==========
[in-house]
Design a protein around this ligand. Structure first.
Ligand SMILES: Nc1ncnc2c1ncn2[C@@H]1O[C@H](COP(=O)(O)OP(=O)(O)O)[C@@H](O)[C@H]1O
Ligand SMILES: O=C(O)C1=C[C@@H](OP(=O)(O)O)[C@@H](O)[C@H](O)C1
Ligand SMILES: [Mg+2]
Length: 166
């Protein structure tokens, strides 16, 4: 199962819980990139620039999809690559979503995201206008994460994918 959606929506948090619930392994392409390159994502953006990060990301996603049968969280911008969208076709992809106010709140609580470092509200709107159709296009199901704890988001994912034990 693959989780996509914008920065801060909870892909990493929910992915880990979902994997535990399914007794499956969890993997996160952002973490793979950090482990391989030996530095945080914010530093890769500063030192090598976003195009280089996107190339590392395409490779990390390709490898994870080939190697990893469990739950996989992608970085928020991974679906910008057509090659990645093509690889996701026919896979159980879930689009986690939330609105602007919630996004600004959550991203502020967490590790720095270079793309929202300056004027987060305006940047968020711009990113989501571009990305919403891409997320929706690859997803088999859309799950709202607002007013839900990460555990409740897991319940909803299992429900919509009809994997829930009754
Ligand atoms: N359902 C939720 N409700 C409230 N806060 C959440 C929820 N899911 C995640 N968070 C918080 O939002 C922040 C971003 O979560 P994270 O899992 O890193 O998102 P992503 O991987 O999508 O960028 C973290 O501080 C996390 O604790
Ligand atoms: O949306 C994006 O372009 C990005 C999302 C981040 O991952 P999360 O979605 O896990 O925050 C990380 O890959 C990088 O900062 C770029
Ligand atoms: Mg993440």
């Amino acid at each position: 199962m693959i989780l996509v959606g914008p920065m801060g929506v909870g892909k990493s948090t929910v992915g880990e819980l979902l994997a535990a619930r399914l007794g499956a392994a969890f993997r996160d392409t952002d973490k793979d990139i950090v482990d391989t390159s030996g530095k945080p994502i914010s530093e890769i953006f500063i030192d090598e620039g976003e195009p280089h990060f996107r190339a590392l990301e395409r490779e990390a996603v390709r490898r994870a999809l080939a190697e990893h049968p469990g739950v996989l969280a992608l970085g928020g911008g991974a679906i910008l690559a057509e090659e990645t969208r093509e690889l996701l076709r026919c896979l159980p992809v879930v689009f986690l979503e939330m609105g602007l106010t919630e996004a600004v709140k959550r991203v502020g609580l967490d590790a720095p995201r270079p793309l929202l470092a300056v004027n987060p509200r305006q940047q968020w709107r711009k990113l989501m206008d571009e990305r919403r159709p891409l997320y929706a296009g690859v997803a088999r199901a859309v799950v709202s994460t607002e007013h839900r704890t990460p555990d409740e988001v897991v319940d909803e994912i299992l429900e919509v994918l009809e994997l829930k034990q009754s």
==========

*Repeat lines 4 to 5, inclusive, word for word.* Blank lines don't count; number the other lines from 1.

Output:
Ligand SMILES: O=C(O)C1=C[C@@H](OP(=O)(O)O)[C@@H](O)[C@H](O)C1
Ligand SMILES: [Mg+2]